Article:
Mongolian Wolf proved a critical point when he won Saturday's A$150,000 group three Frank Packer Plate over 2000m at Randwick.
He underlined, yet again, that suddenly New Zealand horses are as good as their Australian counterparts.
No, we don't have a Winx, nor a Chautauqua, but then we never have had a Chautauqua because from breeding speed for multiple generations, Australians now have the world's best sprinters. But we have better stayers than Australia.
Consider this: New Zealand trained or bred 3-year-olds have won the past five Australian Derbies, the pat four Australian Oaks, five of the past seven Queensland Oaks, and five of the past eight Victoria Derbies.
That is a sensational statistic and the clear-cut performances of Gingernuts, Jon Snow and Bonneval in Sydney in recent weeks underlines that the winning percentage is not about to change any year soon.
Mongolian Wolf was purchased by Australian Bloodstock from New Zealand only two weeks ago. He was basically unheralded when he had his first Australian start on Saturday, but punters latched on to his third to Gingernuts in the Avondale Guineas.
His new trainer, Australia's record-breaking Darren Weir, would take no credit from this win.
"I can't take all the credit, I've only had him for two weeks. Murray Baker had him before me so big thanks to Murray for the order that the horse came over to me in.
"Luke [Murrell] and Jamie [Lovett] pick the right horses - they get it right more than they get it wrong and they're getting the rewards.
"They earmarked this horse three or four weeks ago. They said we're going to try to buy him and he'll be a great Queensland Derby horse.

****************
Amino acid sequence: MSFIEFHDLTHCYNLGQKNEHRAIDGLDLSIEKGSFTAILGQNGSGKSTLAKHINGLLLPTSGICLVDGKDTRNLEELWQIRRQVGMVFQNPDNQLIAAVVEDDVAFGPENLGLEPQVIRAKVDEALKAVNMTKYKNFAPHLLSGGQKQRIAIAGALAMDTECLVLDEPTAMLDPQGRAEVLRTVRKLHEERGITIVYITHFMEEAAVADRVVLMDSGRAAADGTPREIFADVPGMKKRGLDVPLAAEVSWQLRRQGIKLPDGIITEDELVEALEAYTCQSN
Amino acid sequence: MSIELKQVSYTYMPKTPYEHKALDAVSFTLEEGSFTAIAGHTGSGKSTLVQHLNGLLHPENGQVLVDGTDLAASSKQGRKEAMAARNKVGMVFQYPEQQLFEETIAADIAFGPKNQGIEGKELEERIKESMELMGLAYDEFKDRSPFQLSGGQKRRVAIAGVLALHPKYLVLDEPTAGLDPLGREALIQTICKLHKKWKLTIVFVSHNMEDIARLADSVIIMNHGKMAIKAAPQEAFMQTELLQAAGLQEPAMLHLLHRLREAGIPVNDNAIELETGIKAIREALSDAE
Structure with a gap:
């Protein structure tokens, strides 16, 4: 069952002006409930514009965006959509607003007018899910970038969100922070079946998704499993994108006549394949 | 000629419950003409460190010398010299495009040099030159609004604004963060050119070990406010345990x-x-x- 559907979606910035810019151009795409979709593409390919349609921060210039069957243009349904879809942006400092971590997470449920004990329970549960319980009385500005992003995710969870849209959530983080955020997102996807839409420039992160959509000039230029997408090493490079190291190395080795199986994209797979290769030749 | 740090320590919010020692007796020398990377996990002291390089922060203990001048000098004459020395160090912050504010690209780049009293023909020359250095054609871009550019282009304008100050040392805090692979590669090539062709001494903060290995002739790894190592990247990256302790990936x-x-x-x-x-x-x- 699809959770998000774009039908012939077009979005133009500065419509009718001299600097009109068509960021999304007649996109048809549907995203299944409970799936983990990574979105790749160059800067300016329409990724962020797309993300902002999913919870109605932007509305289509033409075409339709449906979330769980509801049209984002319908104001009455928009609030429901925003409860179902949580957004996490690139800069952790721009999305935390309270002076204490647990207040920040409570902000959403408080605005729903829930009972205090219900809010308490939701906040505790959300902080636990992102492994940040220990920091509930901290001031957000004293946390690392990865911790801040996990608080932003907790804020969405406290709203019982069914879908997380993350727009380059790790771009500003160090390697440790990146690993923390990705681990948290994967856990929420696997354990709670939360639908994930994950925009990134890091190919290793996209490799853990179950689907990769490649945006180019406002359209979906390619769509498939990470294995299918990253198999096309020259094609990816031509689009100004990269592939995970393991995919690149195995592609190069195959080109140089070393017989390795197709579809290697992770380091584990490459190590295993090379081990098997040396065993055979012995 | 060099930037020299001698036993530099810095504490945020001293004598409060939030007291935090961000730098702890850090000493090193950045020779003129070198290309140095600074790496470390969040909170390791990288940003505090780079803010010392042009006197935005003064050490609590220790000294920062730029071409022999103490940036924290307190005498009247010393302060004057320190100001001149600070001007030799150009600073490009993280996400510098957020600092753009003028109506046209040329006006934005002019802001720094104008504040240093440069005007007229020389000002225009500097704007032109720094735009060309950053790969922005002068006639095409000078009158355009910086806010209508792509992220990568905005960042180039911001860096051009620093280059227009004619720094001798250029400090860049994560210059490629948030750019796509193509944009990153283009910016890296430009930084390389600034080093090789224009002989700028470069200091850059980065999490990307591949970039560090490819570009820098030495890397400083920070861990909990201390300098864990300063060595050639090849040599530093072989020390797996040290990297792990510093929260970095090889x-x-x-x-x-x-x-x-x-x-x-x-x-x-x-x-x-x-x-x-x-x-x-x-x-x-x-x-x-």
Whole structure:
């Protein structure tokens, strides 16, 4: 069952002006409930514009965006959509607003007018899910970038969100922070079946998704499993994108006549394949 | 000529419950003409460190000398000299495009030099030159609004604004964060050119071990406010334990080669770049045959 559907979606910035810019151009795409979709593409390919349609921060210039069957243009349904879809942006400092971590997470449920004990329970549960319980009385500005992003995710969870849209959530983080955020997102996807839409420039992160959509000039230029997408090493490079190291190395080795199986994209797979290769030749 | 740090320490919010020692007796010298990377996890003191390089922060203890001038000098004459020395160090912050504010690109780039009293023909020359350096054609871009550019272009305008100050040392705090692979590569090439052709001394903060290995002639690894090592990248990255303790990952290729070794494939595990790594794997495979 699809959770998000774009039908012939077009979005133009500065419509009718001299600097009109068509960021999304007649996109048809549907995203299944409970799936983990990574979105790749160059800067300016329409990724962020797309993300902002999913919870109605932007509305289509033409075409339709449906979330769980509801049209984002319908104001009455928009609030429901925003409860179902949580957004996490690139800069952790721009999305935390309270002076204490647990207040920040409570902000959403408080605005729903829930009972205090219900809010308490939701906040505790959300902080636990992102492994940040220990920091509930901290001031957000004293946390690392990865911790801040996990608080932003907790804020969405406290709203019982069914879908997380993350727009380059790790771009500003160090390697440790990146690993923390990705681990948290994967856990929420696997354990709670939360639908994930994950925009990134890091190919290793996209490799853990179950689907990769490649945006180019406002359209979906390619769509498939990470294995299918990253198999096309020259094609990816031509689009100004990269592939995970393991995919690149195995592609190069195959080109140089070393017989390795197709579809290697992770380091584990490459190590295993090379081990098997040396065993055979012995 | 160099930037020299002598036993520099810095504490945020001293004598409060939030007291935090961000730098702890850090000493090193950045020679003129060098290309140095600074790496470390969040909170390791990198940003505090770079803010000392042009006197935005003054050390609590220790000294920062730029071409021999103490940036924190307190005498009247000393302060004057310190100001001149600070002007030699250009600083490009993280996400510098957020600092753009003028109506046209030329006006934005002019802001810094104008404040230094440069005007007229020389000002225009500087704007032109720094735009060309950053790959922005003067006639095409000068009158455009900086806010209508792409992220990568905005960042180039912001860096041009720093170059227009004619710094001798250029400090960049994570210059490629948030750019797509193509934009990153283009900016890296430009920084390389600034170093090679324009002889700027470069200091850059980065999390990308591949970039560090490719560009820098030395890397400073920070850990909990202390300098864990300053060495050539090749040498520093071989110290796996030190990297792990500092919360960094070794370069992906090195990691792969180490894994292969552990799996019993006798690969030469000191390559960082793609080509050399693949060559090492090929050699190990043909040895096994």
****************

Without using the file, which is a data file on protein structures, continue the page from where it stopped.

The way he won today you'd have to say he's on track for that."
Winning jockey Brenton Avdulla had this to say. "You are full of confidence when riding a Darren Weir-trained horse."
If you need further evidence our horses can measure up, look at Untamed Diamond's dramatic last-stride win at Randwick on Saturday. Now part of Richard Collett's Warwick Farm satellite stable, Untamed Diamond looked extremely promising in 10 New Zealand starts with Collett, but was not threatening to be a worldbeater. In eight starts in Sydney in the last six months before Saturday, the 4-year-old mare more than doubled the $60,000 she won with three New Zealand victories and pocketed close to $90,000 on Saturday.
This is not suggesting most promising horses should be sent to be trained in Australia, but you can see the day coming when a trainer will have a promising young horse, sort out a A$31,000 midweek maiden across the ditch - of which there are many - and possibly stay for one more race and return home. There are A$40,000 one-win races at Wyong on Wednesday and A$50,000 maiden races for 3-year-old fillies and one for colts and geldings at Canterbury today. We've seen a significant number of horses here this season that could win those races.
Fair dinkum cobber, aren't we all sick of the cobalt issue.
Racing Victoria has dropped a bombshell by announcing it will appeal the "not guilty" cobalt charges against high-profile Melbourne trainers Danny O'Brien and Mark Cavanagh. Ridiculous. Why not also accuse them of the hole in the ozone layer and the Afghanistan war and be done with it.
Both trainers admit they have sent themselves broke defending the original charges. Shouldn't it stop there?
Or is this a ploy to minimise the litigation O'Brien and Cavanagh intend bringing against RV.
No jockey should ever be above suspicion, but it was a bit tough quizzing man-of-the-moment Hugh Bowman at Randwick on Saturday.
Shortly after Bowman finished second on the favourite Invader in the A$500,000 Champagne Stakes, chief stipe Marc Van Gestel questioned Bowman about his tactics.
"After jumping from barrier one, how did you find yourself three off at the turn?" Bowman said the race did not pan out as he planned and made it clear to stewards he did not want to be on the back of Blake Shinn's mount Ace High, a horse he considered to have limited prospects.
"I thought if I get one off it would be an advantageous position."
He told stewards he thought he'd landed that spot outside Craig Williams' mount One More Honey but when Glyn Schofield decided he wanted to be on the rail aboard Whispered Secret, Williams allowed his mount to drift out leaving Bowman on a limb. "Obviously if I knew the race would be run the way it was I would have ridden it differently."
Stewards took no action, but in the next race, the A$650,000 All Aged Stakes, they suspended Bowman for six city meetings for careless riding on well-fancied La Romain.